Ben Stokes has revealed that his epic 135* in the Headingley Test of the 2019 Ashes, which underlined one of the unlikeliest Test wins in recent times, was spurred by a verbal attack from David Warner.
In an extract, published in the Daily Mirror, from his book On Fire, which chronicles his incredible 2019 exploits, underpinned by England’s first-ever 50-over World Cup victory, the all-rounder claims Warner incessantly chirped at the batsman from the slips, trying to get under his skin, even as Stokes battled single-handedly, guiding England to a one-wicket win and keeping the Ashes alive.
“A few of the Aussies were being quite chirpy but, in particular, David Warner seemed to have his heart set on disrupting me,” Stokes wrote. “I could accept it from just about any other opponent. Truly. Not from him, though.”
Marking his return to Test cricket after serving a one-year ball-tampering suspension, Warner entered the Ashes with a fruitful World Cup campaign behind him, having averaged 71.89 with the bat in the tournament. However, his red-ball form hit a terrible low, ending it with an average of 9.50.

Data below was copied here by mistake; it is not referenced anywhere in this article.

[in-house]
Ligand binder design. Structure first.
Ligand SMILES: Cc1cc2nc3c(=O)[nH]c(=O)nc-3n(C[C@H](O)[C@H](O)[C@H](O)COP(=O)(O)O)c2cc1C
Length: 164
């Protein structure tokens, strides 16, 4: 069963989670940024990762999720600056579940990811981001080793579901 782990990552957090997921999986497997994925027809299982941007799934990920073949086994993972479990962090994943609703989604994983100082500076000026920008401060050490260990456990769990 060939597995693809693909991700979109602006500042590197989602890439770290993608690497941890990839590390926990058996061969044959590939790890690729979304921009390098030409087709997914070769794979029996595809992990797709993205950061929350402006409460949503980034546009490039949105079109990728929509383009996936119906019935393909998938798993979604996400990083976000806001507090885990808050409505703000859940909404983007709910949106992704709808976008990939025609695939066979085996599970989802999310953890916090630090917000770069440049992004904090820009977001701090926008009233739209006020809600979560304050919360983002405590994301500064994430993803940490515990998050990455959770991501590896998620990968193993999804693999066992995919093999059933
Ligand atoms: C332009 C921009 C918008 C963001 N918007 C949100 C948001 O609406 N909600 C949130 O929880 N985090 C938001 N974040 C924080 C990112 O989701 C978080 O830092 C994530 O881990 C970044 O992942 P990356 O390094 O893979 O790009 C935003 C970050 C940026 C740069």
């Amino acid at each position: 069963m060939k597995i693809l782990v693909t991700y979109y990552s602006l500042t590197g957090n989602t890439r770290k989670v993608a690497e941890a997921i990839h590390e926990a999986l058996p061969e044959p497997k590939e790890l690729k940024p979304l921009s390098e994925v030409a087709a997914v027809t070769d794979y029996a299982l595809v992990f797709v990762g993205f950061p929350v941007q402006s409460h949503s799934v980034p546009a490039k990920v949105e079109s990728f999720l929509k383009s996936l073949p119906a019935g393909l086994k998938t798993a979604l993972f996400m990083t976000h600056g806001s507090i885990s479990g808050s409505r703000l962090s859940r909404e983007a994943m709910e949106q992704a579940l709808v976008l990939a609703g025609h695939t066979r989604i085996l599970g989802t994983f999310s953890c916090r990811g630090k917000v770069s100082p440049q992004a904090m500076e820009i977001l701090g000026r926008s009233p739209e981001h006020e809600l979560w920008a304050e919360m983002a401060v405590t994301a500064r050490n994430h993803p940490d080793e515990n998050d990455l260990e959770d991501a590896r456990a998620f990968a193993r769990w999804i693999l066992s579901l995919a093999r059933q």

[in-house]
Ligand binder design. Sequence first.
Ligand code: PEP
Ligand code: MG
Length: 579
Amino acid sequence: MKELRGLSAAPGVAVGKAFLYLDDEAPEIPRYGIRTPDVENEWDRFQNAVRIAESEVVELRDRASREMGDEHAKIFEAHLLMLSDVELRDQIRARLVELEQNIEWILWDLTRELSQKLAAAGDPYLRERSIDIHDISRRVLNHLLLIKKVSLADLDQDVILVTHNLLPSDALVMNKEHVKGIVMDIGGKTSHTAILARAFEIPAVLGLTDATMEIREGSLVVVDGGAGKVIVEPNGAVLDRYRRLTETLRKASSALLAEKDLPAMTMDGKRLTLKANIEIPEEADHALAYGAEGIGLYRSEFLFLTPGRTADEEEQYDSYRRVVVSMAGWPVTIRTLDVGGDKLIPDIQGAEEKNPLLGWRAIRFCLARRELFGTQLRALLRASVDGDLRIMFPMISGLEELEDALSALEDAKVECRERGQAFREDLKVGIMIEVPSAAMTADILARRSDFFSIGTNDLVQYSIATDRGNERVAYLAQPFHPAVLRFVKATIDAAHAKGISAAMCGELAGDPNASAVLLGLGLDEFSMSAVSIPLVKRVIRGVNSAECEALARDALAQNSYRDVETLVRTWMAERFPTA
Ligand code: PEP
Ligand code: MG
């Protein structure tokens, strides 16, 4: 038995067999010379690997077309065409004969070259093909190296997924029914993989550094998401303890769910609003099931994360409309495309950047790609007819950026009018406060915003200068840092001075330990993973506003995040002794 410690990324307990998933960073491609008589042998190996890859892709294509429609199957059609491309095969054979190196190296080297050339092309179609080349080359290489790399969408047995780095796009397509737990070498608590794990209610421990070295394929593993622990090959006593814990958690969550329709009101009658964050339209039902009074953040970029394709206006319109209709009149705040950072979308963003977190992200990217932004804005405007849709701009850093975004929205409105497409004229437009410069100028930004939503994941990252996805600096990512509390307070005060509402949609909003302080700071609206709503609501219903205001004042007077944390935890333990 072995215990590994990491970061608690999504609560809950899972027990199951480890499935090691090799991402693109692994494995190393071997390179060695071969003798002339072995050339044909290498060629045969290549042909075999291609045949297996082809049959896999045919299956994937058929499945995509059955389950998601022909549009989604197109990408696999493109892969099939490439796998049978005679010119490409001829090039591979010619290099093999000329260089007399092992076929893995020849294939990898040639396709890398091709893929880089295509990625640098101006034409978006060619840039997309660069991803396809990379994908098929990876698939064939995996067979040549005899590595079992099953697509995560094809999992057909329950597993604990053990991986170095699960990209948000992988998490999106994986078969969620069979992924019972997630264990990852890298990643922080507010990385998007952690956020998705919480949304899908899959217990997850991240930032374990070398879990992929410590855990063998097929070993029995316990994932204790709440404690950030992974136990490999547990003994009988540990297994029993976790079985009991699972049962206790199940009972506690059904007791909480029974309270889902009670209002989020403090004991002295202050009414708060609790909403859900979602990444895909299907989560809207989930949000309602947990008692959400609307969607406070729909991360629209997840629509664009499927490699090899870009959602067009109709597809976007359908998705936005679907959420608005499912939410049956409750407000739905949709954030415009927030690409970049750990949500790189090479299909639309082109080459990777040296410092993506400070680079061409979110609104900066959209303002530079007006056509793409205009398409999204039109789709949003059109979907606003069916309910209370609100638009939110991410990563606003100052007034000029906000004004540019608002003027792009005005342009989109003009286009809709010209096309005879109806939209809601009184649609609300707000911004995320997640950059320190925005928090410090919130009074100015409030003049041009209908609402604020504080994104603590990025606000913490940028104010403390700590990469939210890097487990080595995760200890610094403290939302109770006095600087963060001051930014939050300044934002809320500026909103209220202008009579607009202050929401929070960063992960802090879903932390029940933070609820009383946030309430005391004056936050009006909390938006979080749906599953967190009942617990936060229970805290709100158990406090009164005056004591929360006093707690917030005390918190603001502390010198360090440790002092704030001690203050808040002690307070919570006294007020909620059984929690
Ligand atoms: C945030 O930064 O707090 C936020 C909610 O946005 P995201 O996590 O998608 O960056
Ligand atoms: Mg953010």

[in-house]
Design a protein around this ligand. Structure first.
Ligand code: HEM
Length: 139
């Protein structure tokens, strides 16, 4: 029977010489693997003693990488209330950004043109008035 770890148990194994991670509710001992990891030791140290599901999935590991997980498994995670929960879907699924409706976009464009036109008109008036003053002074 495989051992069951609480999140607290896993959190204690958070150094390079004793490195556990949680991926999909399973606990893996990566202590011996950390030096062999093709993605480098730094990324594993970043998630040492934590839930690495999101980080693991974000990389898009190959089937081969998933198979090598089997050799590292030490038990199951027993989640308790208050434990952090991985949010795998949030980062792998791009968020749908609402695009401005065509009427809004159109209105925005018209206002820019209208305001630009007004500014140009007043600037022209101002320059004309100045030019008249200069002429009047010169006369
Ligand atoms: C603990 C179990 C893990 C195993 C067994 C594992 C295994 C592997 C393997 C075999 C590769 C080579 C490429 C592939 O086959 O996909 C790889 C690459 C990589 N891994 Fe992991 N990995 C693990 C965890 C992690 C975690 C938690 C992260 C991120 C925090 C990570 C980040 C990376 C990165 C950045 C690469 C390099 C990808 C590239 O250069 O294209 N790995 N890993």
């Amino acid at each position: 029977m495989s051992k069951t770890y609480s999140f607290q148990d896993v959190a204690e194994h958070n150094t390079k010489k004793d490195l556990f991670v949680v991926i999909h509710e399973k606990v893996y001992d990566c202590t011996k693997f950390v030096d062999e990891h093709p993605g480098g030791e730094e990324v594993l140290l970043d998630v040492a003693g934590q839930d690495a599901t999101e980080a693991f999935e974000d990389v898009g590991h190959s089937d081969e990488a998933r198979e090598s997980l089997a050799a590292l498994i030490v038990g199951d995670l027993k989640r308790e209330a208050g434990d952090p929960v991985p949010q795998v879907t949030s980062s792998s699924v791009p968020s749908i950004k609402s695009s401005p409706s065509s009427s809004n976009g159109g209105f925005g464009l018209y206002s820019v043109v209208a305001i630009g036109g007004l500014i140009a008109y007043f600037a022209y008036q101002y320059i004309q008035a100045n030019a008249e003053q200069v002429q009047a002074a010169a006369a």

Many believed that the suspension had sobered the combative Australian down, but Stokes insists that the left-hander’s old self came back just as his runs dried up.
“The changed man he was adamant he’d become, the one that hardly said boo to a goose and even went as far as claiming he had been re-nicknamed ‘Humble’ by his Australia team-mates, had disappeared. Maybe his lack of form in his new guise had persuaded him that he needed to get ‘the bull’ back?
“Although he’d enjoyed a prolific World Cup campaign, he had struggled with the bat at the start of the Ashes and was perhaps turning to his old ways to try to get the best out of himself. The nice guy act had done nothing for his runs column.”
Stokes ended the fourth day on two not out, having faced 50 balls, with Joe Root at the other end, and England still 203 runs adrift of the target. With wickets falling at the other end, Stokes shifted gears, taking on the Australian bowlers, goaded along by Warner’s continuous banter.
“I muttered ‘Bloody Warner’ a few times as I was getting changed,” he wrote. “The more time passed, the more it spurred me on. All kinds of ideas of what I might say to him at the end of the game went through my head.
“In the end, I vowed to do nothing other than shake his hand and say ‘Well done’ if I could manufacture the situation. You always shake the hands of every member of the opposing team at the end of a match. But this one would give me the greatest sense of satisfaction.”